–       Simpler lifestyles, much less production and consumption, focusing on non-material sources of life satisfaction with no interest in luxury, affluence, possessions and wealth or getting richer.

–       Many mostly small, highly self-sufficient local economies, largely independent of the global economy, putting local resources to meeting local needs.

–       Cooperative and participatory ways, enabling communities to take control of their own development, to include and provide for all. There must be commons, town assemblies, local committees and referenda making the important decisions about local development and administration, and working bees must do the building and maintaining.

–       A new economy, one that is not driven by profit or market forces, produces far less than the present one and does not grow, and focuses on needs and rights and is geared to maximising the quality of life of all. There might be many small private firms, and markets, but there must be (participatory, democratic, open and local) social control over what is developed, what is produced, and how it is distributed, exercised via town meetings. There must be no unemployment or poverty; all would have a livelihood enabling a valued and respected contribution.

–       Some very different values, especially cooperative not competitive, caring, more collectivist and less individualistic, and concerned with frugality and self-sufficiency not acquisitiveness and consuming.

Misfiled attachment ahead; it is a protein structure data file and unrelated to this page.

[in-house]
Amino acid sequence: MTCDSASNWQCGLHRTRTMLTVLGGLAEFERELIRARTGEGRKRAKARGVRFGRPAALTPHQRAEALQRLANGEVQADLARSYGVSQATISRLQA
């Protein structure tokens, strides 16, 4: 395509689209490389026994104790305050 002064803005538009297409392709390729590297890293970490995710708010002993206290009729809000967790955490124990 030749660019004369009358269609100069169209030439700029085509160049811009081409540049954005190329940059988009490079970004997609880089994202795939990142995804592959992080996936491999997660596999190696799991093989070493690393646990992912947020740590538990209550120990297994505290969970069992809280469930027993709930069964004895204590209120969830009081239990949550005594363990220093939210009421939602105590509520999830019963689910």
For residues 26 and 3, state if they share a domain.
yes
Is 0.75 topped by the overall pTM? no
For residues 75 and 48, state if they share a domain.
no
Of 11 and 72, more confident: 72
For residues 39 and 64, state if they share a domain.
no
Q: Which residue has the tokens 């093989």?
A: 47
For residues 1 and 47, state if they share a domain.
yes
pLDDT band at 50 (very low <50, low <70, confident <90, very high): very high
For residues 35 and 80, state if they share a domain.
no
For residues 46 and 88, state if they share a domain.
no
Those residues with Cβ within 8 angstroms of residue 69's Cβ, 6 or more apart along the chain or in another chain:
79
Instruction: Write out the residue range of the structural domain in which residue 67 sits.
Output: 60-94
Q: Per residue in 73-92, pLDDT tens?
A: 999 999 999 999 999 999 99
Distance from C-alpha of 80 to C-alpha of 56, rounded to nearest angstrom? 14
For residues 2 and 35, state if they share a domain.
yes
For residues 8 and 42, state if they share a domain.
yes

This is not a utopian wish list. These are elements and conditions that are essential for a globally sustainable town or suburb. A high level of community self-sufficiency dramatically reduces transport of goods and workers and wastes, largely eliminates the need for sewers and fertilizers (because nutrients are recycled) and for international trade, enables recycling of materials, provides substitutes for energy-intensive leisure and travel and cuts the need for industry, finance, “welfare” and social services such as commercially-provided aged care, high-tech systems and expensive professionals. Our study on the dollar and energy costs of the agribusiness-supermarket path for egg supply found that these were around 100 times those of the backyard and cooperative path.

The Dancing Rabbit ecovillage in Missouri following these kinds of principles has cut resource use to 5-10% of the US averages. Ecovillages report higher than average quality of life.